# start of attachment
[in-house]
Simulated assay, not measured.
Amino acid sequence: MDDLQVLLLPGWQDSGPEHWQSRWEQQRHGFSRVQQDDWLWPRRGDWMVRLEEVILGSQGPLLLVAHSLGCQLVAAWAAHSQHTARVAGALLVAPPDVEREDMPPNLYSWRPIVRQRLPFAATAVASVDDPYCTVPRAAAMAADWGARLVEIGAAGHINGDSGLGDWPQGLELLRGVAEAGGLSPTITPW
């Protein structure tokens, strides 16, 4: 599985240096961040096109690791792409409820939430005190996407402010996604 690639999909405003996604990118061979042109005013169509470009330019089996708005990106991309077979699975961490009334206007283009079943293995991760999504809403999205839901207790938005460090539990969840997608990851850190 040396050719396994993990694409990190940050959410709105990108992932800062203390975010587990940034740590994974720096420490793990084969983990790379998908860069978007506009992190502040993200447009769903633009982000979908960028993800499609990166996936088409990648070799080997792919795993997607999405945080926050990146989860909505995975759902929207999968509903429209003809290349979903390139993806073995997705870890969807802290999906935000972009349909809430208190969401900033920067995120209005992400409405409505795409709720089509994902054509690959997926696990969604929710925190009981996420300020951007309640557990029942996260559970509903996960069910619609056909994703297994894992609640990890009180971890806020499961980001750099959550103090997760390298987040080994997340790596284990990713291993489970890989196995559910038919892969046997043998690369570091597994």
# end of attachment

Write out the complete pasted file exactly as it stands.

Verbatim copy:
[in-house]
Simulated assay, not measured.
Amino acid sequence: MDDLQVLLLPGWQDSGPEHWQSRWEQQRHGFSRVQQDDWLWPRRGDWMVRLEEVILGSQGPLLLVAHSLGCQLVAAWAAHSQHTARVAGALLVAPPDVEREDMPPNLYSWRPIVRQRLPFAATAVASVDDPYCTVPRAAAMAADWGARLVEIGAAGHINGDSGLGDWPQGLELLRGVAEAGGLSPTITPW
């Protein structure tokens, strides 16, 4: 599985240096961040096109690791792409409820939430005190996407402010996604 690639999909405003996604990118061979042109005013169509470009330019089996708005990106991309077979699975961490009334206007283009079943293995991760999504809403999205839901207790938005460090539990969840997608990851850190 040396050719396994993990694409990190940050959410709105990108992932800062203390975010587990940034740590994974720096420490793990084969983990790379998908860069978007506009992190502040993200447009769903633009982000979908960028993800499609990166996936088409990648070799080997792919795993997607999405945080926050990146989860909505995975759902929207999968509903429209003809290349979903390139993806073995997705870890969807802290999906935000972009349909809430208190969401900033920067995120209005992400409405409505795409709720089509994902054509690959997926696990969604929710925190009981996420300020951007309640557990029942996260559970509903996960069910619609056909994703297994894992609640990890009180971890806020499961980001750099959550103090997760390298987040080994997340790596284990990713291993489970890989196995559910038919892969046997043998690369570091597994």